The US current account deficit may be near optimal levels based on expected economic growth trends among wealthy countries, according to a study co-authored by a Federal Reserve economist.
Dramatic growth in the US share of gross domestic product - net of investment and government spending - among wealthy countries has been ‘one of the most striking economic developments of the last 25 years,’ according to the study by Fed economist John Rogers and University of Wisconsin Professor Charles Engel.
While noting major caveats, the study finds, ‘The size of the US current account deficit may be justifiable if markets expect further growth in the US share of advanced-country GDP.’ A country’s current and expected-future share of world economic output determines its optimal ratio of consumption to output, Engel and Rogers say.
The authors say their modeling could contain important flaws undermining the idea that the US current account reflects optimal consumer decisions. If simplifications and assumptions in the study are wrong, ‘it may turn out, as many have been warning, that the deficits have put the US on the path to ruin,’ the economists say.
The study’s findings could falter if East Asian economies reverse their role as large net savers and lenders in international capital markets, or if the US loses the ‘exorbitant privilege’ that allows it to earn higher rates on its foreign investments than foreigners earn on investments in the US, they say.
The economists also say they were unable to reach firm conclusions about the path of foreign exchange rates over the next 25 years.
But their study cites long-term economic growth trends that appear to justify the size of the US current account deficit relative to economic growth expectations.
The US share of net GDP among the Group of Seven plus Switzerland, Sweden and Norway has grown to about 44% in 2004 from about 39% in the late 1970s. The study’s baseline projection shows this share is expected to grow at a slower pace to 47% in the next 25 years, according to the working paper study, released this month by the National Bureau of Economic Research.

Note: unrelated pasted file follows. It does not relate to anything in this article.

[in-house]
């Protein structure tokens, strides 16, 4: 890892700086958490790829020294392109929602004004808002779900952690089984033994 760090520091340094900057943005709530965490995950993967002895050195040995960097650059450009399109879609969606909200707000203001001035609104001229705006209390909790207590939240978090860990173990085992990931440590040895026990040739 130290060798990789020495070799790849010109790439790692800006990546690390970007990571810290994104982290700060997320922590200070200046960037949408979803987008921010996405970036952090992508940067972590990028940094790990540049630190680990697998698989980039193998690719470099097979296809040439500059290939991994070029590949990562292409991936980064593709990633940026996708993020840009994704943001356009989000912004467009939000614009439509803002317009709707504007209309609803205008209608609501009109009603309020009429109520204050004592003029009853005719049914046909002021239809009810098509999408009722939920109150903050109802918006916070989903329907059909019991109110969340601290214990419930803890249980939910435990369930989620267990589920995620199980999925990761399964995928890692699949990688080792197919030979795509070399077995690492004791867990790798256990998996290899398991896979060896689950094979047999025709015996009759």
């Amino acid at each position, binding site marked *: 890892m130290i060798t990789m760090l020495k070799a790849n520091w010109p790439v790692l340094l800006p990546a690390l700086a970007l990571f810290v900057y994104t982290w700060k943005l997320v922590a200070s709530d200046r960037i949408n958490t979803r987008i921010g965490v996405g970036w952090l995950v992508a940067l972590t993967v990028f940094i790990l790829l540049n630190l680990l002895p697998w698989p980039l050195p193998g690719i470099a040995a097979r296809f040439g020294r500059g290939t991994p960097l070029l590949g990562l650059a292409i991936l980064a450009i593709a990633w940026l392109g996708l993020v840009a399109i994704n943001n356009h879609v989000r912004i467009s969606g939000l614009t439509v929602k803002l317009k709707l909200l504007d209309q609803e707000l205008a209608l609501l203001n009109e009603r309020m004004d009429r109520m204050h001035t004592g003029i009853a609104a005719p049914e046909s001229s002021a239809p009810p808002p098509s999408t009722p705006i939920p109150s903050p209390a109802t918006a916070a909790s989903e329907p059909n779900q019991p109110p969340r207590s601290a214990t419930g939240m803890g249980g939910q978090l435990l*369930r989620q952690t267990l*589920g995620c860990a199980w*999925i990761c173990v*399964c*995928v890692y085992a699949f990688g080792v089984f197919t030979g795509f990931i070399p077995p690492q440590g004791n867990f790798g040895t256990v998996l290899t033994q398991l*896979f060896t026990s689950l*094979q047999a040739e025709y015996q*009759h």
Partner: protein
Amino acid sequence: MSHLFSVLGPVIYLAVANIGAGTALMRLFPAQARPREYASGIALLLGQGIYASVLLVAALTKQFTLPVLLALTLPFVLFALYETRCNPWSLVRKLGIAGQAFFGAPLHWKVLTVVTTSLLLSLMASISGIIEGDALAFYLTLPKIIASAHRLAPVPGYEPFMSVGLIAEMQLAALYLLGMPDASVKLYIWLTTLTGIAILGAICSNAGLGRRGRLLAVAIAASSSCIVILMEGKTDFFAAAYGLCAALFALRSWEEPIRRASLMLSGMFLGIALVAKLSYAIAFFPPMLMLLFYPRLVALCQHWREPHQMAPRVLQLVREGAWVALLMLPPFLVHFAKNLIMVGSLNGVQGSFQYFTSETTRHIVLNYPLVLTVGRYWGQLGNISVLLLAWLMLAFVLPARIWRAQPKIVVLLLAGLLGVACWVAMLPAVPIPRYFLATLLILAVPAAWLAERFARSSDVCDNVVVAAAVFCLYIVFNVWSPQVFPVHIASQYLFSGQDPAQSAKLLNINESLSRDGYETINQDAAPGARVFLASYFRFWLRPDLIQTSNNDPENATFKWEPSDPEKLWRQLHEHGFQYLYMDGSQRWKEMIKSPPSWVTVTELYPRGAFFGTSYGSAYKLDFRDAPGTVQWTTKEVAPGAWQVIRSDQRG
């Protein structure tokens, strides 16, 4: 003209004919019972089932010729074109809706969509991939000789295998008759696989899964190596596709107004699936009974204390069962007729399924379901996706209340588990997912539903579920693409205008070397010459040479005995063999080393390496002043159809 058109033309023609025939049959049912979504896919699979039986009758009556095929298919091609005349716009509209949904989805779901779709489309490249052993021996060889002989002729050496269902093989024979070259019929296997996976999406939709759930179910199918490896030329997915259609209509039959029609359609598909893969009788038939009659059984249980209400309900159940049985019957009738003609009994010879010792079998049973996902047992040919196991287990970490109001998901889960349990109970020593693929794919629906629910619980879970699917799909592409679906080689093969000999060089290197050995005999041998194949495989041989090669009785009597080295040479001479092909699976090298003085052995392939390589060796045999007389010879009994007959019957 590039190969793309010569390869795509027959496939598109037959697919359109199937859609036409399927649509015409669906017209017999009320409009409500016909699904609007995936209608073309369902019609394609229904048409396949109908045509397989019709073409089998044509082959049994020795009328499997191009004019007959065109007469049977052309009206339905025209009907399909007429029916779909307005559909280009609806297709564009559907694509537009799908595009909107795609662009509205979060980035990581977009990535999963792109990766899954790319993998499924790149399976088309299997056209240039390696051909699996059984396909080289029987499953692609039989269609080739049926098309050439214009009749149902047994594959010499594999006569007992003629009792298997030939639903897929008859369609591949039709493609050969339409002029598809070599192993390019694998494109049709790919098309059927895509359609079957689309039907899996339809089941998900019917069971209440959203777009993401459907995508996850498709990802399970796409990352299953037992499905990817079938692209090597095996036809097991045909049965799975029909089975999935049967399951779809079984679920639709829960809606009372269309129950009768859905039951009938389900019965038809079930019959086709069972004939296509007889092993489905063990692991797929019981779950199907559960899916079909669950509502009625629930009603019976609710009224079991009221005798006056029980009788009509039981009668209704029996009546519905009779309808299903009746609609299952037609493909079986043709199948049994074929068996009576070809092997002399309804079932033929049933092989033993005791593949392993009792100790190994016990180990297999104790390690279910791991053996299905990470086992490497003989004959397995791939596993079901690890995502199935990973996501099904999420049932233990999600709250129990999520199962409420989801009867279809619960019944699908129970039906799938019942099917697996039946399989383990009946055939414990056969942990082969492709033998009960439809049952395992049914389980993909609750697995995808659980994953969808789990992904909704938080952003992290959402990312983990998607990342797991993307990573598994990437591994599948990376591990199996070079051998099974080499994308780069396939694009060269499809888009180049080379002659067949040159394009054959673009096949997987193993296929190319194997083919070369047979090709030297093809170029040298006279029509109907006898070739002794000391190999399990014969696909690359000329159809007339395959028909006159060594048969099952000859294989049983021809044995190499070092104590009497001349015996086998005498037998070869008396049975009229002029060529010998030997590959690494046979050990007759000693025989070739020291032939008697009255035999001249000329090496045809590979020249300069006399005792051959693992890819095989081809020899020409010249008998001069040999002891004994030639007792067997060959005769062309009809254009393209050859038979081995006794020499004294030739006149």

Since 1993 consensus long-term forecasts have consistently and widely underestimated US economic growth relative to G7 countries as a whole, the study says. ‘The current forecasts for the future, however, show that the markets expect a large increase in US share of GDP - almost precisely the amount that we calculate would make the current level of deficit optimal,’ it says.
Federal Reserve Chairman Alan Greenspan and other Fed officials have said recent sharp growth in the US current account deficit - the broadest gauge of the country’s trade gap with the rest of the world - can’t persist indefinitely. The deficit reached $195.8 billion, or 6.2% of GDP, in the third quarter of 2005, and it is expected to have hit a record for 2005 as a whole.
In a speech last month, Greenspan suggested he has become less concerned about the trade deficit’s potential to spark financial market turmoil because the deficit stems partly from a global increase in cross-border trade and investment. But he also warned of dangers from unchecked US government budget deficits and the potential for protectionist barriers to international trade. (Dow Jones)